CE Certification

Many products require CE marking before they can be sold in the EEA ( EU + Iceland, Lichtenstein and Norway). CE marking proves that your product has been assessed and meets EU safety, health and environmental protection requirements. It is valid for products manufactured both inside and outside the EEA, that are then marketed inside the EEA.

To affix the CE marking to your product, you must put together a technical dossier proving that your product fulfils all the EU-wide requirements. As the product’s manufacturer, you bear sole responsibility for declaring conformity with all requirements. Once your product bears the CE marking, you might have to provide your distributors and/or importers with all the supporting documentation concerning CE marking.

How to obtain CE marking?

Identify the EU requirements for your product

Check whether your product meets the specific requirements

Check whether your product must be tested by a Notified Body

Test your product

Compile the technical dossier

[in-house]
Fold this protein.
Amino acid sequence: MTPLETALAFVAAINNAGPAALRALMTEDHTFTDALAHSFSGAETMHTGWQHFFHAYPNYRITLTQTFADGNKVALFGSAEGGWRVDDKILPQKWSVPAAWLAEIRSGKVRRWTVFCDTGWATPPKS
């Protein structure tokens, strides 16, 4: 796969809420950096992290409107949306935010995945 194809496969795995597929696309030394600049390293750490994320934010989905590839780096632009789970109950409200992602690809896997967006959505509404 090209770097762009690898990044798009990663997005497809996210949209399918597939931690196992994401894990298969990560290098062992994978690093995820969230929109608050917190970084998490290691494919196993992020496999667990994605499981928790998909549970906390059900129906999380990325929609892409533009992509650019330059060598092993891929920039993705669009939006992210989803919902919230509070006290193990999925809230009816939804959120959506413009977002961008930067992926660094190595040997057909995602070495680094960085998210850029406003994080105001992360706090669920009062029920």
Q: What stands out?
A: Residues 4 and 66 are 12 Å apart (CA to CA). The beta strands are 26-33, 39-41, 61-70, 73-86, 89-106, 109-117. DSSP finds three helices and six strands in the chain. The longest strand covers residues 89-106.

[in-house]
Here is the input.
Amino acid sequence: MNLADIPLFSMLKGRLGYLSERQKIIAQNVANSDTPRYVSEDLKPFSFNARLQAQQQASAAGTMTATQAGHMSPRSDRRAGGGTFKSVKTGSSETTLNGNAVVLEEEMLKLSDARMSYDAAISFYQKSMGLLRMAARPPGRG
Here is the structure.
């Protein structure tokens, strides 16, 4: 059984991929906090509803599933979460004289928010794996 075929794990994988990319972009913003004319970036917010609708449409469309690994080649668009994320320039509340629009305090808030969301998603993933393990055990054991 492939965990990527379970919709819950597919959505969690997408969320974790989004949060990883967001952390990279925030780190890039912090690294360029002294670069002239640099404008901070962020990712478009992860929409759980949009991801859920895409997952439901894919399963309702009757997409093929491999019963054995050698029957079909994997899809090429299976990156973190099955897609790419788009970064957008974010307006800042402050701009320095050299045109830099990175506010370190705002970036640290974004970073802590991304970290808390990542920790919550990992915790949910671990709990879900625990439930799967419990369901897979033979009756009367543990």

Affix the CE marking and draft a declaration of conformity

The directives often use a series of questions about the nature of your product to classify the level of risk and refer to a chart called “Conformity Assessment Procedures”. The chart includes all of the acceptable options available to a manufacturer to certify their product and affix the CE Marking.

Minimal Risk

Options for products with minimal risk include self certification where the manufacturer prepares a Declaration of Conformity and affixes the CE Marking to their own product.

Greater Risks

Many directives require products/systems with greater risks to be independently certified; this must be done by a “Notified Body”. This is an organization that has been nominated by a Member Government and has been notified by the European Commission. Notified bodies serve as independent test labs and perform the steps called out by directives. They must have the necessary qualifications to meet the testing requirements set forth in the directives. Notified bodies may be a private sector organization or a government agency. Manufacturers may choose a notified body in any member state of the European Union.

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